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Reasoning about eventual consistency and replicated data types
{ Mon, 16 Jun 2014, 14h00 }

By: Alexey Gotsman  [ show info ]

Modern databases underlying large-scale Internet services guarantee immediate availability and tolerate network partitions at the expense of providing only weak forms of consistency, commonly dubbed eventual consistency. Even though the folklore notion of eventual consistency is very weak, in reality, the semantics and programming interfaces of systems implementing it can be very subtle. In particular, such systems can resolve conflicting updates using complex protocols, called replicated data types (aka CRDTs), and can allow varying kinds of anomalous behaviour.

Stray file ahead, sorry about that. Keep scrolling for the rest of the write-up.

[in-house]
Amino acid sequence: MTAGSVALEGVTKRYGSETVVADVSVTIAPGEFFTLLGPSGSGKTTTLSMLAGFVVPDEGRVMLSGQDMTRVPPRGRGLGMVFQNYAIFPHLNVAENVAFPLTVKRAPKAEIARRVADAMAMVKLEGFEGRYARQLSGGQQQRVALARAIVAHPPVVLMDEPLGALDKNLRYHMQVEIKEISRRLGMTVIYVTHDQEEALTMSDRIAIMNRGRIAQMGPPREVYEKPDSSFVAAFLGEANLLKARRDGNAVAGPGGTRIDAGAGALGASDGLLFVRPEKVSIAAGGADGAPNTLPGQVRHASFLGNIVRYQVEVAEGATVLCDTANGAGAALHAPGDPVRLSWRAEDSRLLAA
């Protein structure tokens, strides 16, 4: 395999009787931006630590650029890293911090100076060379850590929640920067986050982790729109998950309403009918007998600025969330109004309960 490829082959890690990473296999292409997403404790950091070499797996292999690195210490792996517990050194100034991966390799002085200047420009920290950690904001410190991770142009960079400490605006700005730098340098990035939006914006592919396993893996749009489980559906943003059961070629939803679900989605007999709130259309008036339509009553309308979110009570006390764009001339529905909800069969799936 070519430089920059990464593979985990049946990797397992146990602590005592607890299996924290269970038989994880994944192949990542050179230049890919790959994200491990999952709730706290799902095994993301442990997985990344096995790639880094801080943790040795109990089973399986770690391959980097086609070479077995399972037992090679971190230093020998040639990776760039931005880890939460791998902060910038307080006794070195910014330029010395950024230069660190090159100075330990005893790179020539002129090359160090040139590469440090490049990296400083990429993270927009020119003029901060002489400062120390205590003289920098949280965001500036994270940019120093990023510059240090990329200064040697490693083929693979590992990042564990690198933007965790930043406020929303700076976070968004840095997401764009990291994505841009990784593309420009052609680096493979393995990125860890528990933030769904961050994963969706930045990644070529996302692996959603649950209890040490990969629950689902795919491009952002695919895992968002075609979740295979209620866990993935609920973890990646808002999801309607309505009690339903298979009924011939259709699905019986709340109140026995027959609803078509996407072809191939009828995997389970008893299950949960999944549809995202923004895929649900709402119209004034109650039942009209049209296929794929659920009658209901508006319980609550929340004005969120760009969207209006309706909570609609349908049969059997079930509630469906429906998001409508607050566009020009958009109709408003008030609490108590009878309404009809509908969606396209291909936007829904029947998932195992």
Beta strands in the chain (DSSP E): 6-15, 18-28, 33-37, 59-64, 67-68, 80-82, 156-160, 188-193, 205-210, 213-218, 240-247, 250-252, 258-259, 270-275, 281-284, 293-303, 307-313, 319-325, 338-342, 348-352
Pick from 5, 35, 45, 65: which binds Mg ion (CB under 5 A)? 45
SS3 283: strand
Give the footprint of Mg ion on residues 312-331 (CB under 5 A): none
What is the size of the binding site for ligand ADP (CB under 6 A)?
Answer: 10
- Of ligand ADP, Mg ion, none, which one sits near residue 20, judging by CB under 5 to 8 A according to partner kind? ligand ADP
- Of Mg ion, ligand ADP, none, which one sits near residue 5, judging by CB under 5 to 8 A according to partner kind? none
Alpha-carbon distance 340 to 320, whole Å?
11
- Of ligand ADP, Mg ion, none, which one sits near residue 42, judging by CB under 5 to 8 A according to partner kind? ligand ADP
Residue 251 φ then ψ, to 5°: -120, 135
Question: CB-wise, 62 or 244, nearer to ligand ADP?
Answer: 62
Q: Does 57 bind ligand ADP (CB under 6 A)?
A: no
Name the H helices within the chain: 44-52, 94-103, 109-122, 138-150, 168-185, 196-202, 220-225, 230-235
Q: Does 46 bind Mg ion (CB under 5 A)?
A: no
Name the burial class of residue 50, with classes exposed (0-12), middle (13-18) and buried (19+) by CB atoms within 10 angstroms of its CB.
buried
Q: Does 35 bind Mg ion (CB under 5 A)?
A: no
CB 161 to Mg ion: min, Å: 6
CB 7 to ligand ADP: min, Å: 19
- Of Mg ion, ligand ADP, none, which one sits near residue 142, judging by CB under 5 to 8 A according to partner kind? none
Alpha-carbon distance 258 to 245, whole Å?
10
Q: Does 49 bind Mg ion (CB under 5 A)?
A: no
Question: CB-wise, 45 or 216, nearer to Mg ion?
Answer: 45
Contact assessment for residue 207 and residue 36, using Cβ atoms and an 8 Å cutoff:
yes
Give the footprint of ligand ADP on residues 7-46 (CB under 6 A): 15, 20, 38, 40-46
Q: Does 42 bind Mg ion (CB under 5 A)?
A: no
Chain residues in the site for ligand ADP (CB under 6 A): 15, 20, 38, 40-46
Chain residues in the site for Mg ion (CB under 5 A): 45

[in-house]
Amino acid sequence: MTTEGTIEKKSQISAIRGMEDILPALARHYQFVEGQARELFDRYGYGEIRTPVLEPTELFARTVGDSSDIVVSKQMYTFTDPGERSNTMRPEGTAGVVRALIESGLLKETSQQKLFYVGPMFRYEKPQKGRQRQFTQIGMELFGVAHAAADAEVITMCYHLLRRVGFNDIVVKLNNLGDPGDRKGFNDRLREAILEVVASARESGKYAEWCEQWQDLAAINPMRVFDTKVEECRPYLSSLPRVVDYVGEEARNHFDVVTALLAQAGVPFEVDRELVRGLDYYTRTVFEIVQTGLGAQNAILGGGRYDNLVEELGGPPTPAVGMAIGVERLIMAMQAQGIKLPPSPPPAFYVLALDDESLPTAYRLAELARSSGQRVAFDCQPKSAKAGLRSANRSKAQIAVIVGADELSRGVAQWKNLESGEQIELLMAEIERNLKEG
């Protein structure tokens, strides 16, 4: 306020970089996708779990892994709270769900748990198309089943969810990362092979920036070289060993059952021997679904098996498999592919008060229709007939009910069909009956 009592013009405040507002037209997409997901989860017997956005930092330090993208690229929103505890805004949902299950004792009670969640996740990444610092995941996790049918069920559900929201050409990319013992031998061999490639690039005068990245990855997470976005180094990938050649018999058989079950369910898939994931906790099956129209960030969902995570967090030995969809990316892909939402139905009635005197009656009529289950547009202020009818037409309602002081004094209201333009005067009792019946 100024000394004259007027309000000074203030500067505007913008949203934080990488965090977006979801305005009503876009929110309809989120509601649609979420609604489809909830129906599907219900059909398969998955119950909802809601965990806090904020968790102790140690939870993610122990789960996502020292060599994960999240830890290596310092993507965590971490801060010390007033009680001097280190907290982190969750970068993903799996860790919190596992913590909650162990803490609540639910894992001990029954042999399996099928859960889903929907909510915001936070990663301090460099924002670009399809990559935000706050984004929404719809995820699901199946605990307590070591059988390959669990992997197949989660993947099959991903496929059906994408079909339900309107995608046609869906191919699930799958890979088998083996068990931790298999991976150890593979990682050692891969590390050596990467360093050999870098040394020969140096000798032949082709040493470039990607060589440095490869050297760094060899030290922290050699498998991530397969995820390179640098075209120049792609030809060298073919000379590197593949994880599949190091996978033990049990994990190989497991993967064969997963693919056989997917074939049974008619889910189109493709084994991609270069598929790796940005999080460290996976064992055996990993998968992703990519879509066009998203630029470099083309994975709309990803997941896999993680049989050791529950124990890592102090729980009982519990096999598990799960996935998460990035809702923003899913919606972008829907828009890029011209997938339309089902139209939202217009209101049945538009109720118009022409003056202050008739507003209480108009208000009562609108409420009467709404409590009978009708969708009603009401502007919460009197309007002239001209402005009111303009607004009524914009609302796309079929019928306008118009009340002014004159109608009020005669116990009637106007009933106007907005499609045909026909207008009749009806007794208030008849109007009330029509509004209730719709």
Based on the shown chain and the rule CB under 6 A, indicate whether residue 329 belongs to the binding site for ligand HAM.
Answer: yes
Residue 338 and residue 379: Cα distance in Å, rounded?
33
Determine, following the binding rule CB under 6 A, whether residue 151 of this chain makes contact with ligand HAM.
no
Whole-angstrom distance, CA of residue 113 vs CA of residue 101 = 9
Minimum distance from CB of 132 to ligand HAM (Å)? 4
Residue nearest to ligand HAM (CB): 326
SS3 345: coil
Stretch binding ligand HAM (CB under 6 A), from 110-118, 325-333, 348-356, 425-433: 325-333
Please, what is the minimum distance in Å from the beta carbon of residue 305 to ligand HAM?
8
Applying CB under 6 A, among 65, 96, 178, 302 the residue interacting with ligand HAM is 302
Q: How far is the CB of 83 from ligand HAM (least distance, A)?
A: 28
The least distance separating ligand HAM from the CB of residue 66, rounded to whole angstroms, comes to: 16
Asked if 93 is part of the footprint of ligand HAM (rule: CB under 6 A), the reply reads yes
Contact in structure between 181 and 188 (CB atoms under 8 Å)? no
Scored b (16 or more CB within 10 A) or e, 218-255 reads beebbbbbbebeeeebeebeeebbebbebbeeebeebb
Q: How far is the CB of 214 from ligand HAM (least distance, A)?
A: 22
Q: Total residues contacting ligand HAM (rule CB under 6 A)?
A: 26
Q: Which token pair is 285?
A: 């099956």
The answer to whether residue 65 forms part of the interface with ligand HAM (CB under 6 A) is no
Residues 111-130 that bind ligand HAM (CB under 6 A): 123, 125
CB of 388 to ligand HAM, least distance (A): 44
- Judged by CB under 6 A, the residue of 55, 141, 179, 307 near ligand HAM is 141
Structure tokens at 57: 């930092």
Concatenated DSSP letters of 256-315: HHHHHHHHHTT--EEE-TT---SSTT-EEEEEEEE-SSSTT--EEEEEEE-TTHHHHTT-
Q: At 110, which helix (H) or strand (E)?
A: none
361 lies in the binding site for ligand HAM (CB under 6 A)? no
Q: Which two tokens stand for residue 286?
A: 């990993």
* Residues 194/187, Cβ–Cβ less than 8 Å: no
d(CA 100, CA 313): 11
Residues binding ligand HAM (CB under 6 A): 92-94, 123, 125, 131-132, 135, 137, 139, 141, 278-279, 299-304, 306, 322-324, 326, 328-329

So far the semantics provided by eventually consistent systems have been poorly understood. I will present a novel framework for their formal specification and discuss how recent nontrivial replicated data type implementations fit into it. I will then illustrate the utility of the framework by presenting techniques for proving the correctness of replicated data type implementations.

This is joint work with Sebastian Burckhardt (Microsoft Research), Hongseok Yang (University of Oxford) and Marek Zawirski (INRIA & UPMC-LIP6).


Hosted by: Computer Systems

Location: DI seminars room

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